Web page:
"We know a case where a young lady of wealth became an inmate of one of these 'Religious Houses.' It was here in England. She had not been so long, ere she began to write home for money for purposes of charity. Her requests were complied with at first, not unwillingly; subsequently, as the requests became more frequent, and in larger sums, with reluctance. At length the amount became so considerable, that her friends became uneasy, and felt it right that her guardian and trustee should have an interview with her, and remonstrate on the extent to which she was impoverishing herself. He did so, and discovered that not one shilling of the money had reached her. The applications were all forgeries. Apparently they were in her hand-writing; she knew nothing whatever of them! This, of course, led to a searching inquiry, which every endeavour was made to baffle; but the trustee was resolute. It turned out that one of the sisters in the nunnery was an adept at imitating handwriting, as was another in worming out of all new-comers the amount and particulars of their property. Between them—it is not difficult to understand how—the pillage was effected. What became of the money so obtained we know not. But the worst remains to be told. In order to save the character(!) of the superior, and of the establishment, the poor girl was prevailed upon—how and by whom may be imagined—to adopt the whole. There was, of course, an end of the investigation, and of the affair. The young lady became a nun herself, and is so, we believe, at this moment. Her guardian and trustee is a merchant of eminence in the city of London. We have given the facts as narrated by himself."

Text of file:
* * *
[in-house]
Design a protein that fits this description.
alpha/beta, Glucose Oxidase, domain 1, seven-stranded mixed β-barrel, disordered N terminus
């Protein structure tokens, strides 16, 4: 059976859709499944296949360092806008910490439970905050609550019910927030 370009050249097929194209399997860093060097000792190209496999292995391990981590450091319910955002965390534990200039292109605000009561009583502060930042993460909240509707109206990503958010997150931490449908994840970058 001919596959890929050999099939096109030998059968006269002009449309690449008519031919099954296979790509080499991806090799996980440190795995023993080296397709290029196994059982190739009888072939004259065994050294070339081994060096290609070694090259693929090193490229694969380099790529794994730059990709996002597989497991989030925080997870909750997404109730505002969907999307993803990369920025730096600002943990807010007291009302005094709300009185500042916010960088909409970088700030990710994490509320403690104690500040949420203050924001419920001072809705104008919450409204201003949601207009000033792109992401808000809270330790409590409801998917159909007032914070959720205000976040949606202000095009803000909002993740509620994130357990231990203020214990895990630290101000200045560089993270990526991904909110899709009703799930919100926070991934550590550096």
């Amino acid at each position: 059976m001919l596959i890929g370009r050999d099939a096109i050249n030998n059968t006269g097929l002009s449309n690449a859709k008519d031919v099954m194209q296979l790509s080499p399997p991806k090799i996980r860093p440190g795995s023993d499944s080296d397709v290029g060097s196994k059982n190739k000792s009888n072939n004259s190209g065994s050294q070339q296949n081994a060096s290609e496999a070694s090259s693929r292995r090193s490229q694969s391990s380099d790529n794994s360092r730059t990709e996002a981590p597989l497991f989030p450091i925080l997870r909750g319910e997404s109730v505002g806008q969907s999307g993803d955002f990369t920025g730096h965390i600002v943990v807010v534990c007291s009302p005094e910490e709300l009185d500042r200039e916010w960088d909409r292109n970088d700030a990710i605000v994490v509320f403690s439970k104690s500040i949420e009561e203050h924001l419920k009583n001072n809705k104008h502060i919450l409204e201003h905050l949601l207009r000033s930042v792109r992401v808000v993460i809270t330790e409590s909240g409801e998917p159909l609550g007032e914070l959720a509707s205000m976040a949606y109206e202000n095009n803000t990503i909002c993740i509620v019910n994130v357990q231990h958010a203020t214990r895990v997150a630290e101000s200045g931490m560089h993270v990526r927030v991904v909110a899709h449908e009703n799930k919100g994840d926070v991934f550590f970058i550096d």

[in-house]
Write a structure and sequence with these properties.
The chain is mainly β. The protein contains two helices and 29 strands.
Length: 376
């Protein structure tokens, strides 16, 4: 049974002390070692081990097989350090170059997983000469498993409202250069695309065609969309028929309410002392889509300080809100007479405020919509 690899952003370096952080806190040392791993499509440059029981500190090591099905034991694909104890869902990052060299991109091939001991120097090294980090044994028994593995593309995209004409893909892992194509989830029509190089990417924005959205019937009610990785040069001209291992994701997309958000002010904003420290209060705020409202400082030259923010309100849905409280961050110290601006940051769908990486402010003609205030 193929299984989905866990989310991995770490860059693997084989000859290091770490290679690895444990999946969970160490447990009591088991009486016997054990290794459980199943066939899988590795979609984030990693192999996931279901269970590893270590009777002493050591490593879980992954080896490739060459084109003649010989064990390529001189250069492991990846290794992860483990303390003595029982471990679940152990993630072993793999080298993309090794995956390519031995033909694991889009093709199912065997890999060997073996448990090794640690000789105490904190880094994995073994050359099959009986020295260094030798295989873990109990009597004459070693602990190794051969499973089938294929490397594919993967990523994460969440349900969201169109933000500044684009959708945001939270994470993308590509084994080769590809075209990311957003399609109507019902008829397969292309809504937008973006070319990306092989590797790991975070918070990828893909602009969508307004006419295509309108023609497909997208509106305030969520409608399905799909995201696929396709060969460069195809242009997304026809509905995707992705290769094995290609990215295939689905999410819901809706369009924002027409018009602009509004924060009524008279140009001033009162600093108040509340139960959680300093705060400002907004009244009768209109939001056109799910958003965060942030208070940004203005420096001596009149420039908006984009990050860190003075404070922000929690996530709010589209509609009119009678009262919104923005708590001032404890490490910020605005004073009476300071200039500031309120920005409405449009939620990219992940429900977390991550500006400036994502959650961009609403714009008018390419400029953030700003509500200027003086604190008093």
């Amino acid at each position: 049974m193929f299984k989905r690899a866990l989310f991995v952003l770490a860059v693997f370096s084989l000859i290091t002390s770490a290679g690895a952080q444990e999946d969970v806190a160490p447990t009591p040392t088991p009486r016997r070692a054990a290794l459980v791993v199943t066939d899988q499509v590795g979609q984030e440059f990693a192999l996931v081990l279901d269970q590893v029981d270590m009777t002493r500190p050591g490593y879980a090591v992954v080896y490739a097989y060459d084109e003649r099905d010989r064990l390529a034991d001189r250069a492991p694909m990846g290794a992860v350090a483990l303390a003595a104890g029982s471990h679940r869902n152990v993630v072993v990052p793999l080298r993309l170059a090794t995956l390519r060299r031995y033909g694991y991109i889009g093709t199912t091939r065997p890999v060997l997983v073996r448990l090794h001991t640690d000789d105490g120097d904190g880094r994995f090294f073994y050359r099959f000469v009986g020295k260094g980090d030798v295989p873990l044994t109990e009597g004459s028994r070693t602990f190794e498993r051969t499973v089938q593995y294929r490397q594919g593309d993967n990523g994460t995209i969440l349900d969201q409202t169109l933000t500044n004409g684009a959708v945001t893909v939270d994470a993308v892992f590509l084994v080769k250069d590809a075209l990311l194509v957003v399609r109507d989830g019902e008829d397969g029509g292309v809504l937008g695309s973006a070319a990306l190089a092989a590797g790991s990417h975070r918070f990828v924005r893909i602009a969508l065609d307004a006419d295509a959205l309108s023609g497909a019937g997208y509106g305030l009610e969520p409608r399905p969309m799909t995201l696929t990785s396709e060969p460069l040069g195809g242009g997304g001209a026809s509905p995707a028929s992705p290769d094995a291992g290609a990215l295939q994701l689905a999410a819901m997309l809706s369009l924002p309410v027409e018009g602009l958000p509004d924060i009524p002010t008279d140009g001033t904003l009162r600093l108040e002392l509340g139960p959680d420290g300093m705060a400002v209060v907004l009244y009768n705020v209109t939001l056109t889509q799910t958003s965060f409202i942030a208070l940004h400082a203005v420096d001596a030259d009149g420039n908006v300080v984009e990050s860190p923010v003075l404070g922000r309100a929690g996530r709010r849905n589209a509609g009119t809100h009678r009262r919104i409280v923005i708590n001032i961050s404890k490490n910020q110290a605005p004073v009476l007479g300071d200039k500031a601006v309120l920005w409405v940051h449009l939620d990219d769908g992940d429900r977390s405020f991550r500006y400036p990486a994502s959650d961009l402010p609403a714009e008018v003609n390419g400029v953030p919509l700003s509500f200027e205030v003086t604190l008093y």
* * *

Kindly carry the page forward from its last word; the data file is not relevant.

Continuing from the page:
This case is so like others, that it may be said, without much reserve, Ex uno disce omnes. "Faith is not to be kept with heretics." Even saints of the Romish Church have declared that a lie may be, and ought to be, told for the good of the Church. Such maxim may be found in the works of the canonised Ligouri. We give Cardinal Wiseman credit for a high moral character, and learn that he is much esteemed; but we cannot acquit him of a suppressio veri, in a statement made recently by him, that the children of the person who had bequeathed (to him, we believe) a considerable sum for purposes of the advancement of the Romish religion, were in possession of the property. Now it was not even quite true, for they were only in possession of a life-interest in the property. Suppose the property to be £3000 per annum, what is the property of a life-interest, and what of the reversion? Whoever was in possession of the value of the reversion, was in possession of the larger amount. The children, therefore, were not in possession of the property. It is absolutely necessary that Mortmain should be applied to bequests of this nature. The item of purgatory in the Roman Catholic creed is too potent upon the fears of the dying, when weakness of body and of mind aids those fears, in providing, by bequests, a release from purgatorial pains. But there are legacies, gifts, or confiscations of another kind that must be looked to. The 584 property of all who enter monasteries or convents for life should pass, excepting an annual portion, to the immediate relatives; in case of none, to the Crown. This would be a merciful provision, for it would be the surest protection, perhaps the only one. It is the temptation to possess their property which makes nuns. We are here supposing monasteries and nunneries still allowed to exist, and vows to be taken. But we confess we have another view. There are "illegal" oaths, and laws provided to take severe cognisance of them. It may be doubtful if there is not a treason against oneself, that ought to be illegal, as there is against a sovereign or a government. To take the vow of celibacy, of perpetual virginity, is a treason against nature, and against the first law of our Creator. It is a suicidal vow, and should be considered a crime; and we believe it would be sound legislation, though suiting not some notions of religious liberty, to put a stop at once to these vows in England. At all events, it is not according to civil liberty that either parents or guardians, or parties themselves, should be allowed permanently to bind their conscience down, and to inflict or to submit to a perpetual imprisonment, from which there is no possible subsequent escape.